Western Civ Essay 2

Western Civ Essay 2 - Western Civ Essay 2 Ian Amundson...

Info iconThis preview shows pages 1–3. Sign up to view the full content.

View Full Document Right Arrow Icon
Western Civ Essay 2 Ian Amundson February 6 th 2008 Throughout the 18 th and 19 th centuries, the cultural ideals of Europe dramatically shifted from the empirical thought of the Enlightenment era to the more natural feelings of Romanticism. With society’s perspectives in a volatile state, the literature of the time also changed in a similar fashion. A major theme of the literature of the time was the dynamics of the relationship between the individual and the family. The authors of the time all had individual outlooks on the issue of familial relationships and explored them in their works. In Shelley’s Frankenstein , Defoe’s Robinson Crusoe and in the writings of Rousseau, all the authors offer their own perspective on the relationship of the individual to the family. In Daniel Defoe’s novel Robinson Crusoe , the element of family relationships plays a significant role in developing and defining the main character and protagonist of the story: Robinson Crusoe. Defoe’s motif of the union between the individual and the family plays multiple and important roles in the English novel. Not only does the notion of family relations determine Crusoe’s original sediments and actions in England, but it also develops his ideals on the island. Daniel Defoe’s theme of family relationships begins with Crusoe’s opening words of the novel in which he explicitly outlines his apathetic perspective towards his family and other social relationships in general. He introduces his parents and family in a very objective tone characterized by not mentioning their names, achievements or qualities, but including the humdrum details of their nationality and professions, which expresses Robinson Crusoe’s indifference and lack of affection towards his family. Defoe contributes to the tension of family relationships by describing an event where his father attempts to give his son advice to stay home “where (he) might be well introduced, and had a prospect of raising (his) fortune by application and industry, with a life of ease and pleasure”(Defoe 2). His father wants Robinson to stay with his family at home and live within the safe and sound boundaries of the middle class because he feels that leaving his family and household will amount to distress and possible disaster. His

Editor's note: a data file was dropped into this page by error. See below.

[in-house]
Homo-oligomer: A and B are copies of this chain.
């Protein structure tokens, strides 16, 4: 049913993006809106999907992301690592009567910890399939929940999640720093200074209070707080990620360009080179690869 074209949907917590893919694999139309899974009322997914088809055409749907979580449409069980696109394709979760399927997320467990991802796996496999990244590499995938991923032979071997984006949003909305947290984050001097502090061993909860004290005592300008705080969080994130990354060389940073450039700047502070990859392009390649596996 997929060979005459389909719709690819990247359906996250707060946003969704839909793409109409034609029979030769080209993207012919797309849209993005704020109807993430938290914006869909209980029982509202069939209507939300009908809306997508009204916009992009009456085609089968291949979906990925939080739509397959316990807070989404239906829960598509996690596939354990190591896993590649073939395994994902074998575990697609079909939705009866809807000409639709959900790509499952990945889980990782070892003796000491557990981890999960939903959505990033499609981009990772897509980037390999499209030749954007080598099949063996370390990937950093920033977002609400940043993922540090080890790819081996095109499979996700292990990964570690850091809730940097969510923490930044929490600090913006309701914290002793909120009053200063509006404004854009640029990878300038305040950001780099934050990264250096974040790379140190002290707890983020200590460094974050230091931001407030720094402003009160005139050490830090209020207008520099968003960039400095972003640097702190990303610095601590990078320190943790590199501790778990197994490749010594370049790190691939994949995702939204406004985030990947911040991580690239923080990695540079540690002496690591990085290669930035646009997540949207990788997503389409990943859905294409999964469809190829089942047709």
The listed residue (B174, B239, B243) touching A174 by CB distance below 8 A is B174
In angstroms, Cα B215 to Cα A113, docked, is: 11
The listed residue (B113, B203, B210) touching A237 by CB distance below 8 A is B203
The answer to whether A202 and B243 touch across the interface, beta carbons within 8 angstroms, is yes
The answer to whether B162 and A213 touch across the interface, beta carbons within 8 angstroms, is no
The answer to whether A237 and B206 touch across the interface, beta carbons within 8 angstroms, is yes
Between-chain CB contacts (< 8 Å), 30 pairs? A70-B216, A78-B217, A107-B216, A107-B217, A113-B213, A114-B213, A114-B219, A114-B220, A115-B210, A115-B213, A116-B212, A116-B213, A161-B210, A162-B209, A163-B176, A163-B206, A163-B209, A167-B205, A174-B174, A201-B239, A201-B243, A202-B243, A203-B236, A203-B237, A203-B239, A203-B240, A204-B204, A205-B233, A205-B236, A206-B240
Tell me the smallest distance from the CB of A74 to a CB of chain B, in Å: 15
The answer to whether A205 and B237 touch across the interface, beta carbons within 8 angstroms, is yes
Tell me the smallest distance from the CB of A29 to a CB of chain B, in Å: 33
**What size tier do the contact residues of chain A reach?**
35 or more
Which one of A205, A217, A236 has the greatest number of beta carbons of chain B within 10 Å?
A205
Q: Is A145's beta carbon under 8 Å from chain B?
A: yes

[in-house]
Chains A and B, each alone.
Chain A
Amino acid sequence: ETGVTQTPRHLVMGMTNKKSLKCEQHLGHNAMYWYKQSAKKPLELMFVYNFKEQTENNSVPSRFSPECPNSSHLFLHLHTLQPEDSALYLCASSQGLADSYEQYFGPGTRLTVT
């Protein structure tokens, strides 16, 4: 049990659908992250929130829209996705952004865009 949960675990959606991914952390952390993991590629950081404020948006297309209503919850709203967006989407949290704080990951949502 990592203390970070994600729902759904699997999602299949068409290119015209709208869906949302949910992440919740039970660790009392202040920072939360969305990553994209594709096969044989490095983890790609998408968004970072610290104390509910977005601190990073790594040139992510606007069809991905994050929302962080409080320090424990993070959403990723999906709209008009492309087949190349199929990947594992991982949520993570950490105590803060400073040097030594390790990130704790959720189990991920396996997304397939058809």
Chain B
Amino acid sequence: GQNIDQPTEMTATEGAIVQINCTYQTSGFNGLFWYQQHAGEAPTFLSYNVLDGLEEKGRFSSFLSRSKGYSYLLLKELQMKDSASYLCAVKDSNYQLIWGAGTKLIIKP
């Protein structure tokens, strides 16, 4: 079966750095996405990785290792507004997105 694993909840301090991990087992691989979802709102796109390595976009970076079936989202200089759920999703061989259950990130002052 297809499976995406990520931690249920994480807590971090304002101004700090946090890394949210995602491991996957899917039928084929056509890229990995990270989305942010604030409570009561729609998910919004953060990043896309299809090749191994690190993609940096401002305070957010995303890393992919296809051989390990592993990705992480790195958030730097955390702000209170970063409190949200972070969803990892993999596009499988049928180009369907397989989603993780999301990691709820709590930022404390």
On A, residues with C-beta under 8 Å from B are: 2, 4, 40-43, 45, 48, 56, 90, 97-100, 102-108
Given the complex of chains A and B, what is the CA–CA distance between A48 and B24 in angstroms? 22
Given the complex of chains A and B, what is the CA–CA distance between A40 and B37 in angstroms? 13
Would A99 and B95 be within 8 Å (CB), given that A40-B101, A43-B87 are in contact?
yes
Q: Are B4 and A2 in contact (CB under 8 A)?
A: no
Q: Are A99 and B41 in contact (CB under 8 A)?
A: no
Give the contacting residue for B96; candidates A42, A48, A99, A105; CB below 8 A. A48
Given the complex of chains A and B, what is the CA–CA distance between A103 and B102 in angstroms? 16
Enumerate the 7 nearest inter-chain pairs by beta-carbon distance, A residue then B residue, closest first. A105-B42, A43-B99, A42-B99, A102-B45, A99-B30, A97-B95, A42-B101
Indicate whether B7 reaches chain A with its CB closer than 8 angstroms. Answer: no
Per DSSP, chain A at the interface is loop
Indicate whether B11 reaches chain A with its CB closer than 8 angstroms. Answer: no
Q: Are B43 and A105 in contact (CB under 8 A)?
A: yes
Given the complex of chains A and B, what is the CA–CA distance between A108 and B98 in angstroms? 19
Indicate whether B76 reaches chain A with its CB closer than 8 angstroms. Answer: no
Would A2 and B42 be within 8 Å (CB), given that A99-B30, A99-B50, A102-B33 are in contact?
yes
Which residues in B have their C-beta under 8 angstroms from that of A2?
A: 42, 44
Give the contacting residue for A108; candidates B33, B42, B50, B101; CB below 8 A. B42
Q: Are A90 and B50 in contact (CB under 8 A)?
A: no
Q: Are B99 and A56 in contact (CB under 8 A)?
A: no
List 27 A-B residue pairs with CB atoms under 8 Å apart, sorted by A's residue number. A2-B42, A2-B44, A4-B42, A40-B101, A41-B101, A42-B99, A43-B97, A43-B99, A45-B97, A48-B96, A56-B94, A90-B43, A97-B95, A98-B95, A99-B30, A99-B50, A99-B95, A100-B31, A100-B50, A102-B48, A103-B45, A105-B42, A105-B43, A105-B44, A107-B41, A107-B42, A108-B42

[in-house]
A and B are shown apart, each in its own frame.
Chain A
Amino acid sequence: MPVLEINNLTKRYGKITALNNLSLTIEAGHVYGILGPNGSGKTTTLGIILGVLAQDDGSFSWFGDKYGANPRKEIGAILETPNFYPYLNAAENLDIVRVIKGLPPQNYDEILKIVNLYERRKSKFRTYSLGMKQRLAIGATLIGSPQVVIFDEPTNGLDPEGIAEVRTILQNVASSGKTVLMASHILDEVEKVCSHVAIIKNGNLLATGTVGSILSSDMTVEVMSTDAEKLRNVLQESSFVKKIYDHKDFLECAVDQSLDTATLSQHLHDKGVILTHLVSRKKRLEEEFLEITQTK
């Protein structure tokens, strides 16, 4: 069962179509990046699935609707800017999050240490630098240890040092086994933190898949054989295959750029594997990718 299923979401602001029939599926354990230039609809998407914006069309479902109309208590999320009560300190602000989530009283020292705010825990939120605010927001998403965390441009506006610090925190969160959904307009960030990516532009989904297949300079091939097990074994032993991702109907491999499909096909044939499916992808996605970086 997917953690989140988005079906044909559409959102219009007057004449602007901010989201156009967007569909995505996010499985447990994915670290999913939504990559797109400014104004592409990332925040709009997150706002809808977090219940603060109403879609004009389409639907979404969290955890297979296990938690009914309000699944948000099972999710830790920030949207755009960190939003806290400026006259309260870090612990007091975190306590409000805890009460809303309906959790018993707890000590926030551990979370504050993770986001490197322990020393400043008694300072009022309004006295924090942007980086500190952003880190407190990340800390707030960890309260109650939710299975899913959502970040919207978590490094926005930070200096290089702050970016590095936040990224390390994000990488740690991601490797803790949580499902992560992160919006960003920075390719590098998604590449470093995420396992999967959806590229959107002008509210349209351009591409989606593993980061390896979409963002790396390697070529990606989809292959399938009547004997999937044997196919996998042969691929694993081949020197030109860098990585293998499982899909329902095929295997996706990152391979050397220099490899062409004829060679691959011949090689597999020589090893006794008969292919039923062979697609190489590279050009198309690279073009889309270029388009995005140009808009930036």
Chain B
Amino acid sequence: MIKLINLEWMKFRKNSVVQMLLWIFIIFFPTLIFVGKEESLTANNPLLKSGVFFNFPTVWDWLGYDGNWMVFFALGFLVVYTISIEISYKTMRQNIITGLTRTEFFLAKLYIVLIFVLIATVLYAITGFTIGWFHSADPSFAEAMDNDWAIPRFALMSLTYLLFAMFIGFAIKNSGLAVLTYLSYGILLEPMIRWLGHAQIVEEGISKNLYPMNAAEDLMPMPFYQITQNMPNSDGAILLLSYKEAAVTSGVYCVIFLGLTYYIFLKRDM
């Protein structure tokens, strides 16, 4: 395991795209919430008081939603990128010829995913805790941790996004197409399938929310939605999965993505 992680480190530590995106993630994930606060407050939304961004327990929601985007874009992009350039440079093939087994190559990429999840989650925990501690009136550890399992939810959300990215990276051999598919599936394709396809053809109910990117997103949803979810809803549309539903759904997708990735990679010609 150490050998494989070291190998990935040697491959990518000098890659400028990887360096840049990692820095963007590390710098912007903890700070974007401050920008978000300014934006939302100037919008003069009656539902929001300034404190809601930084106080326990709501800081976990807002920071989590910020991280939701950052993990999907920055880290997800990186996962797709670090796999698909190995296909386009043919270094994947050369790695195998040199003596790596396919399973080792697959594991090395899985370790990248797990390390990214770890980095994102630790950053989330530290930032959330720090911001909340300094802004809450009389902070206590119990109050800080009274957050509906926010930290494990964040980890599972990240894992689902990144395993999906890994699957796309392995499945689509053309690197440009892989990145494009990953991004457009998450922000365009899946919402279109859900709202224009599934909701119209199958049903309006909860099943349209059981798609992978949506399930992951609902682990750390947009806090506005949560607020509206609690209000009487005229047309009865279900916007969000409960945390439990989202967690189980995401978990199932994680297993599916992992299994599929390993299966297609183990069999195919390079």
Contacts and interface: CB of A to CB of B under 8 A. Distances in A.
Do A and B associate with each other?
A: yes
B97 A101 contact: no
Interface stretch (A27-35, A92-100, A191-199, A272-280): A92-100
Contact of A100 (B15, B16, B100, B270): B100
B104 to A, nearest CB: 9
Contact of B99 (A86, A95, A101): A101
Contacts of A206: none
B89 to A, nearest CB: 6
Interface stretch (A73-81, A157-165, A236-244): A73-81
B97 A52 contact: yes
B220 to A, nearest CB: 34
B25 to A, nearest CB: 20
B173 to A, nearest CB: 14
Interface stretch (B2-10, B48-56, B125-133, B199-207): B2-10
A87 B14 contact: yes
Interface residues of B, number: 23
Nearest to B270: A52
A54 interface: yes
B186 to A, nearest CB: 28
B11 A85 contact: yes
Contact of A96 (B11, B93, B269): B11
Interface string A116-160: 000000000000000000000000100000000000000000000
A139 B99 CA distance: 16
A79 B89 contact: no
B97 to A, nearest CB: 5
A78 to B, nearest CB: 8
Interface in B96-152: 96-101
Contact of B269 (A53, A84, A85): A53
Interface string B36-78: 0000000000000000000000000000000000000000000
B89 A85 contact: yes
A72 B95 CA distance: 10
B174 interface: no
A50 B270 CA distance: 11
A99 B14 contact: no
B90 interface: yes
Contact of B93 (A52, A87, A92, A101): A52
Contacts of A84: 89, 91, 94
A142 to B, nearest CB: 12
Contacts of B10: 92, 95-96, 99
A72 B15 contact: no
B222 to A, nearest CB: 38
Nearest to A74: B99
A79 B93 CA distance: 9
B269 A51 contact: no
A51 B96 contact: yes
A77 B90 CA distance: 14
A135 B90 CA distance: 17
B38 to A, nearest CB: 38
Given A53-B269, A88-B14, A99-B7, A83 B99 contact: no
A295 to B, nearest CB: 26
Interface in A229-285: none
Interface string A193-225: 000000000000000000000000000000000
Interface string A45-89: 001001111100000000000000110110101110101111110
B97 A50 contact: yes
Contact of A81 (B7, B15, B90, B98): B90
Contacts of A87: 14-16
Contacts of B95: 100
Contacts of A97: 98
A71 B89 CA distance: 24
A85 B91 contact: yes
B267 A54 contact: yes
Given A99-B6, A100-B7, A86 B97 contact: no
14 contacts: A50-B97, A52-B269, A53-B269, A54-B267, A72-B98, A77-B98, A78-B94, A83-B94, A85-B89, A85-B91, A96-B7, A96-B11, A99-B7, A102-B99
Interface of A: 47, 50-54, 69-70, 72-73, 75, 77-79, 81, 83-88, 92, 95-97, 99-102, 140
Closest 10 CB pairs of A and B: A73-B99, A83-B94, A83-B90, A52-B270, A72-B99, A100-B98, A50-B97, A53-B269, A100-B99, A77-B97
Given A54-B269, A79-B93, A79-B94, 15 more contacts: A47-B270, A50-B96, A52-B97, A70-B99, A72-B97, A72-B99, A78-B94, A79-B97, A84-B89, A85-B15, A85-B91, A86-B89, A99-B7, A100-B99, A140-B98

Background image of page 1

Info iconThis preview has intentionally blurred sections. Sign up to view the full version.

View Full DocumentRight Arrow Icon
father tells Crusoe that “If I did take this foolish step, God would not bless me, and I would have leisure hereafter to reflect upon having neglected his counsel when there might be none to assist in my recovery”(Defoe 3). However, with no sense of sincere affection towards his family, Robinson disregards his parent’s guidance and pleas and abandons them forever. As Crusoe sets sail and finds himself in the midst of a storm he can’t help but be
Background image of page 2
Image of page 3
This is the end of the preview. Sign up to access the rest of the document.

This note was uploaded on 04/19/2008 for the course HIST 101 taught by Professor Tolland during the Spring '08 term at CofC.

Page1 / 5

Western Civ Essay 2 - Western Civ Essay 2 Ian Amundson...

This preview shows document pages 1 - 3. Sign up to view the full document.

View Full Document Right Arrow Icon
Ask a homework question - tutors are online